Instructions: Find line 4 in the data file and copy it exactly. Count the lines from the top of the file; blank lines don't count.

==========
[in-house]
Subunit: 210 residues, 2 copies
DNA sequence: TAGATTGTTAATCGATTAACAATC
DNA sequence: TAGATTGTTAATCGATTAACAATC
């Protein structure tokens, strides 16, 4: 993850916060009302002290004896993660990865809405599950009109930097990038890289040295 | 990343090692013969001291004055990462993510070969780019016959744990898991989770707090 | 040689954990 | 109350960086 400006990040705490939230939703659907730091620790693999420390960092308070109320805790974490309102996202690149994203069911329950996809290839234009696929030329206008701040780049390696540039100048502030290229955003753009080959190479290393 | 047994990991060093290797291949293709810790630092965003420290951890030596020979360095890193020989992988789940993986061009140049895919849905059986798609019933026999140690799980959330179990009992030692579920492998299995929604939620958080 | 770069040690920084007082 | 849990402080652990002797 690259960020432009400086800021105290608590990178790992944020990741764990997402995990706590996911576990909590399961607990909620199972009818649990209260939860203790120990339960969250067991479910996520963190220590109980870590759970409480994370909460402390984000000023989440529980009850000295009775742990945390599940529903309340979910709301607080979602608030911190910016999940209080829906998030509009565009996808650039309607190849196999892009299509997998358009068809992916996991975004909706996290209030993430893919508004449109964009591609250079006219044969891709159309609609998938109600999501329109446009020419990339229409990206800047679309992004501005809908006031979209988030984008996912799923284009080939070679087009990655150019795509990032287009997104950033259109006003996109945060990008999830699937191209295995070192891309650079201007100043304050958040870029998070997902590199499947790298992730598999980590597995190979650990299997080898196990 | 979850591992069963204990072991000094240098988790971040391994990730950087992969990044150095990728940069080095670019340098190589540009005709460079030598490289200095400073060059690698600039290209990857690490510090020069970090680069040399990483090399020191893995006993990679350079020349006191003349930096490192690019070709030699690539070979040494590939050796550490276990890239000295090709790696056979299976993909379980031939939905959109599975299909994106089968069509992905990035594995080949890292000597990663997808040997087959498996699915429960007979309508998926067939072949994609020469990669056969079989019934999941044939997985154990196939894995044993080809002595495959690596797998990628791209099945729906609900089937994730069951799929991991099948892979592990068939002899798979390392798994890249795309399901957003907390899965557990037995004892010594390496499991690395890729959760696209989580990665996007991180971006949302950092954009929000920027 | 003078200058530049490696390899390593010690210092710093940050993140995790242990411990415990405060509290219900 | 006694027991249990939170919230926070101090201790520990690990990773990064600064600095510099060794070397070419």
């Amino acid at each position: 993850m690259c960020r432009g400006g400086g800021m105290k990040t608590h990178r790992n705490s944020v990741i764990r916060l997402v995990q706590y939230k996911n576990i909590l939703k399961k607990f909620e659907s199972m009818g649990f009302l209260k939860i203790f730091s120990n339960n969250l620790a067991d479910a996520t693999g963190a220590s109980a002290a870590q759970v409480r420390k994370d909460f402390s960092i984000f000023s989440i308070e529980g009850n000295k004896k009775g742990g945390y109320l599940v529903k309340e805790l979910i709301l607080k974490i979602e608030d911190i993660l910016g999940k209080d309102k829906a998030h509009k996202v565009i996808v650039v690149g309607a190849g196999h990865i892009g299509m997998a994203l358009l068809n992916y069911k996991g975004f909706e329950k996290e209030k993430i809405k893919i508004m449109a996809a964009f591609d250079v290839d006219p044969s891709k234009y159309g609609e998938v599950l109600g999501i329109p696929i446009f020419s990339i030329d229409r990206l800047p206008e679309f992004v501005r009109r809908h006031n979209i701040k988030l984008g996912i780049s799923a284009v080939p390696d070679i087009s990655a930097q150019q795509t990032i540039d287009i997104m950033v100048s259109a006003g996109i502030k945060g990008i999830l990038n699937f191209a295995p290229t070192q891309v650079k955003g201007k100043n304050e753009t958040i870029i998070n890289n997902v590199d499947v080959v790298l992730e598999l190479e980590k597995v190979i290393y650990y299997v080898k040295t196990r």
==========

DNA sequence: TAGATTGTTAATCGATTAACAATC